When it comes to Hillary Clinton's pronouncement earlier Monday that "radical Islamism" and "radical jihadism" are "the same thing" in discussing the Orlando, Florida, terrorist attack, the White House is sticking with its current terminology.-- White House Press Secretary Josh Earnest, June 13, 2016, as related in a story by Nick Gass of Politico. Earnest was referring to the Orlando nightclub shooting by Omar Mir Seddique Mateen.
"Listen, I think the president has been quite clear why we choose the language we use to define our enemy. And we have defined the enemy, our adversary in this war as a terrorist organization that perverts Islam," press secretary Josh Earnest told reporters. "And the president's been blunt about that and the president has been blunt about why exactly we use the terminology that we do. And it is to make crystal clear we're not going to give those extremist organizations the legitimacy of claiming legitimate Islam."
President Barack Obama is "not going to give into them," Earnest said, because those groups and people "want that legitimacy."
"They want to further this narrative that they represent Islam in a war against the West. That narrative is false. It is empty. It is a myth. In fact, most of the victims of these terrorist organizations are in fact innocent Muslim men, women and children," Earnest continued, adding, "Many of the -- many of our most important partners in our counter-ISIL effort are our partners in the Muslim world."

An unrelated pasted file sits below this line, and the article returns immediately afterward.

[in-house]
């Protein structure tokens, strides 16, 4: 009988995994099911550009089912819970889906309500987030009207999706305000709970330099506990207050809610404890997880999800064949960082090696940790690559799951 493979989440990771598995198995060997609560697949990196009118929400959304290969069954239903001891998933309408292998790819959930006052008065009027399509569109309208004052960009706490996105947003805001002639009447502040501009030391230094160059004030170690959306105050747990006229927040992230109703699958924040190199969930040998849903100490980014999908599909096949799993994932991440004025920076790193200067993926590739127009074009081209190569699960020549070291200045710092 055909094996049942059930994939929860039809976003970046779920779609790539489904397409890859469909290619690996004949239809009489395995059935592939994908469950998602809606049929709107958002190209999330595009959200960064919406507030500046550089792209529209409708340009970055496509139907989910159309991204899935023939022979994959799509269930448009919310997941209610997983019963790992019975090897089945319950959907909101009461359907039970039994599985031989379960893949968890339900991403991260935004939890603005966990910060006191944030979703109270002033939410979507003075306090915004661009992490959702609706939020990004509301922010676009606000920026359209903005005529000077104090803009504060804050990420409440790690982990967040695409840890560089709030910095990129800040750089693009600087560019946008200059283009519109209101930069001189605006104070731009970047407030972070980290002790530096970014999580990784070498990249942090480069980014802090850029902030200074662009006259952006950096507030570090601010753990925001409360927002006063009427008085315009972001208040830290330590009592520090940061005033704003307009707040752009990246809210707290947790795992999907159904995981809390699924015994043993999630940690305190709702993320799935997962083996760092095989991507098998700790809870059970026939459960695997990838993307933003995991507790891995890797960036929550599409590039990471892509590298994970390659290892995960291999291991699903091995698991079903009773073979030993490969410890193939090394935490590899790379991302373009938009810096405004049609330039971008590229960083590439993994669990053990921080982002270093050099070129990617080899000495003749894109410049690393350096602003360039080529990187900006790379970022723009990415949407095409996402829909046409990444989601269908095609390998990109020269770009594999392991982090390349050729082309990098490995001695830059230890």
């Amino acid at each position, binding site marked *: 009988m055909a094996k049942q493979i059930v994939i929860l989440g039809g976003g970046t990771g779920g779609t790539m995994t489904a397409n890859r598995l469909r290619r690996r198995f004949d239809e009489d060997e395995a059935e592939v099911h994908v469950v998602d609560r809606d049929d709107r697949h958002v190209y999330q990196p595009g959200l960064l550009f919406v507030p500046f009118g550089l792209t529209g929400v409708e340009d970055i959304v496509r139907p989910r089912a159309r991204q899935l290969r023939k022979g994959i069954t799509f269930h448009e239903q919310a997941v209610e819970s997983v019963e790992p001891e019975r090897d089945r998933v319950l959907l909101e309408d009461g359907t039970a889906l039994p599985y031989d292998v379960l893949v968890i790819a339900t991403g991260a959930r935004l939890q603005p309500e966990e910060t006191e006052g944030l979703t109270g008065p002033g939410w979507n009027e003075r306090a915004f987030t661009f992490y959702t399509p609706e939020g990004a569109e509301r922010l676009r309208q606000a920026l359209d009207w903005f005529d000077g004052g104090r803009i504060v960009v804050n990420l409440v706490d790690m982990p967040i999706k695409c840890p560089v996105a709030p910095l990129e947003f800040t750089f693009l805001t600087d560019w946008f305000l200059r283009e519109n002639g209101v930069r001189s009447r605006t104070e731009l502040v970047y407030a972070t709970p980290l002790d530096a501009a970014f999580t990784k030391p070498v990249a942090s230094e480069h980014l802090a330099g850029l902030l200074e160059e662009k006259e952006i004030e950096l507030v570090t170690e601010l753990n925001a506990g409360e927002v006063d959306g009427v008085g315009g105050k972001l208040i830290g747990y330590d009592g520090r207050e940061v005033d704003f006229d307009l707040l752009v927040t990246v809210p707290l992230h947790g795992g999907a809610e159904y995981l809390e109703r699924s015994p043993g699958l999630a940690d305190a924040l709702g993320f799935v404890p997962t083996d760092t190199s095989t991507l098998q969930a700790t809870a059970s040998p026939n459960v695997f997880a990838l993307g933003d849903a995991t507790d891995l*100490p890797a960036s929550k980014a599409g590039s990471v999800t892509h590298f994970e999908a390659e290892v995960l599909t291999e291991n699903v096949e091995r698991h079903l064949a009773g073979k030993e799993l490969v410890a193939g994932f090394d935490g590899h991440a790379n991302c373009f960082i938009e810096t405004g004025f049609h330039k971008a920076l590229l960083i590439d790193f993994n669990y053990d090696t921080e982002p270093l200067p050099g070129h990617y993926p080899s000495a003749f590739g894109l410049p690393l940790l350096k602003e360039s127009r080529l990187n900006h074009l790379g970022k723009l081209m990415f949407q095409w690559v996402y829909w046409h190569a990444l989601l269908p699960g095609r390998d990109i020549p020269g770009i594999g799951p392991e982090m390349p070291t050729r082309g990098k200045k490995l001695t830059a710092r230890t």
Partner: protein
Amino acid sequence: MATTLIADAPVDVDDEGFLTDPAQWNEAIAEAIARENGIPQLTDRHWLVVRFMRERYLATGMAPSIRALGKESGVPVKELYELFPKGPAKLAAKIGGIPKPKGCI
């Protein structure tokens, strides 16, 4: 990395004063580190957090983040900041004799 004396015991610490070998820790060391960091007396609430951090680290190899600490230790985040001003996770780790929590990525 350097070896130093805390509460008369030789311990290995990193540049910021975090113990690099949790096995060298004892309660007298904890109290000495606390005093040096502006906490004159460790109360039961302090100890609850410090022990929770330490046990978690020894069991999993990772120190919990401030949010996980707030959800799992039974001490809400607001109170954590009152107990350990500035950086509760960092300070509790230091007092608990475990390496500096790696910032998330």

That should suggest that the "extremist organizations do not represent the Muslim faith," Earnest said.
Comment: Earnest is making the argument that Obama won't call the shooting "Islamic" because it would be saying that such violence is a legitimate part of Islam, which a derisive distortion of Islam and a false justification of the shooter's actions. But is that really what such language commits us to? If I call Adolf Hitler a "German supremacist" or a "white supremacist", does that mean I'm saying his rhetoric and violence is a legitimate part of what it is to be German or white? Or, if I say that Josef Stalin and Mao Zedong were socialists – or "radical socialists" – am I therefore saying their violent, oppressive behavior is an essential part of socialism, and that all socialists are committed to the same? The same question goes to phrases like "right-wing violence", "left-wing violence", 'environmental terrorism", "Christian militants", etc. Do they all amount to a false portrayal that demonizes these wider movements as being represented by extremists? Do these phrases all give unearned legitimacy for the people doing the violence?